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This eBook from the Gutenberg Project consists of approximately 309 pages of information about Abraham Lincoln, Volume II.

I do not believe that any compromise embracing the maintenance of the Union is now possible.  All that I learn leads to a directly opposite belief.  The strength of the rebellion is its military, its army.  That army dominates all the country and all the people within its range.  Any offer of terms made by any man or men within that range, in opposition to that army, is simply nothing for the present; because such man or men have no power whatever to enforce their side of a compromise, if one were made with them.

To illustrate:  suppose refugees from the South and peace men of the North get together in convention, and frame and proclaim a compromise embracing a restoration of the Union.  In what way can that compromise be used to keep Lee’s army out of Pennsylvania?  Meade’s army can keep Lee’s army out of Pennsylvania, and, I think, can ultimately drive it out of existence.  But no paper compromise, to which the controllers of Lee’s army are not agreed, can at all affect that army.  In an effort at such compromise we would [should] waste time, which the enemy would improve to our disadvantage, and that would be all.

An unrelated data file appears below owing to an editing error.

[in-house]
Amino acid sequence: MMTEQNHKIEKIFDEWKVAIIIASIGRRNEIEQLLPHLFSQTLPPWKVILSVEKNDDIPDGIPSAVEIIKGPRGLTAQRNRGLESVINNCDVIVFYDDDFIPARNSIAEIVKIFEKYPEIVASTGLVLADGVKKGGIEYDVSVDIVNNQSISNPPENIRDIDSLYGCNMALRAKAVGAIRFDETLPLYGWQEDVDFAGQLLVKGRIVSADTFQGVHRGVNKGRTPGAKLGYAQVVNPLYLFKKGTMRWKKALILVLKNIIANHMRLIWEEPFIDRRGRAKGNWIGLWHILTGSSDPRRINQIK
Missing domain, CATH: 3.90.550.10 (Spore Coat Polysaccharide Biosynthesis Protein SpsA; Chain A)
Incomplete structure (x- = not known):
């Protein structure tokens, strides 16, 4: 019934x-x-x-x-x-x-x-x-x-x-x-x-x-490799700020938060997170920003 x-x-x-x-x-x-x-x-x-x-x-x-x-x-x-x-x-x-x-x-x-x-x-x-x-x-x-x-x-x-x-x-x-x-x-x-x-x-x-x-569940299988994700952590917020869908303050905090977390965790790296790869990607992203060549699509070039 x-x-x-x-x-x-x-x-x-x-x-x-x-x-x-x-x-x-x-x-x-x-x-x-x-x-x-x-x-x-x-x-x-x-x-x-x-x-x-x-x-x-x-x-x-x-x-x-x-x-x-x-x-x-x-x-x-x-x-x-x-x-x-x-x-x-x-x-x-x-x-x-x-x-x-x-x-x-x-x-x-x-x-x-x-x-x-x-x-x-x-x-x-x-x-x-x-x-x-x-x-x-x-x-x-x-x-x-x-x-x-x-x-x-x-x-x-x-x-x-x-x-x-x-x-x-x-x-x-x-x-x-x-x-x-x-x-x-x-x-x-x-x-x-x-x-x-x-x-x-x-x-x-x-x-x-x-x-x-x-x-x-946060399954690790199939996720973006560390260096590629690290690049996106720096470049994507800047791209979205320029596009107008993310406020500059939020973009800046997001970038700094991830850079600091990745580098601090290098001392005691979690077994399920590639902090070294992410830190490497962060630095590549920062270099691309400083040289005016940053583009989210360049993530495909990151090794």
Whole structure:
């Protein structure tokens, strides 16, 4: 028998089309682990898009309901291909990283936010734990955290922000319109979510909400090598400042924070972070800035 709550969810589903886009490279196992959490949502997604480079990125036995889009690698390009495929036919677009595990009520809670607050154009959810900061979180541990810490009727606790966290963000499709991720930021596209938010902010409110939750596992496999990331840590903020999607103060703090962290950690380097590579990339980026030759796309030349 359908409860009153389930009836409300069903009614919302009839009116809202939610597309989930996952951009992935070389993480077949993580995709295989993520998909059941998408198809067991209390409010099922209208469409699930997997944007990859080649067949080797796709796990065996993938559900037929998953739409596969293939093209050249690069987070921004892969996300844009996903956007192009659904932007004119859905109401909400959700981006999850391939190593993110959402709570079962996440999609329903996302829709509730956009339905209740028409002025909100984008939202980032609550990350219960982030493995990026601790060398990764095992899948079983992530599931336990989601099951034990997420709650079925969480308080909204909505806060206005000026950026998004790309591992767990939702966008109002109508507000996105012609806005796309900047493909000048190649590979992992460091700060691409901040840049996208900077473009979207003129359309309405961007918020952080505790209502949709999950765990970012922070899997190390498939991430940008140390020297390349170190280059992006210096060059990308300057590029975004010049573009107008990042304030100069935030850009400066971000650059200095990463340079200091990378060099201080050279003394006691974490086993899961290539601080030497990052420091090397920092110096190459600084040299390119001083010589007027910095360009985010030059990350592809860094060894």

A compromise, to be effective, must be made either with those who control the rebel army, or with the people, first liberated from the domination of that army by the success of our own army.  Now, allow me to assure you that no word or intimation from that rebel army, or from any of the men controlling it, in relation to any peace compromise, has ever come to my knowledge or belief.  All charges and insinuations to the contrary are deceptive and groundless.  And I promise you that if any such proposition shall hereafter come, it shall not be rejected and kept a secret from you.  I freely acknowledge myself to be the servant of the people, according to the bond of service, the United States Constitution; and that, as such, I am responsible to them.  But to be plain, you are dissatisfied with me about the negro.  Quite likely there is a difference of opinion between you and myself upon that subject.  I certainly wish that all men could be free, while you, I suppose, do not.  Yet I have neither adopted nor proposed any measure which is not consistent with even your views, provided that you are for the Union.  I suggested compensated emancipation, to which you replied:  you wished not to be taxed to buy negroes.  But I had not asked you to be taxed to buy negroes, except in such a way as to save you from greater taxation to save the Union exclusively by other means.

You dislike the emancipation proclamation, and perhaps would have it retracted.  You say it is unconstitutional.  I think differently.  I think the Constitution invests its commander-in-chief with all the law of war in time of war.  The most that can be said, if so much, is, that slaves are property.  Is there, has there ever been, any question that by the law of war, property, both of enemies and friends, may be taken when needed?  And is it not needed whenever it helps us and hurts the enemy?  Armies, the world over, destroy enemies’ property when they cannot use it, and even destroy their own to keep it from the enemy.

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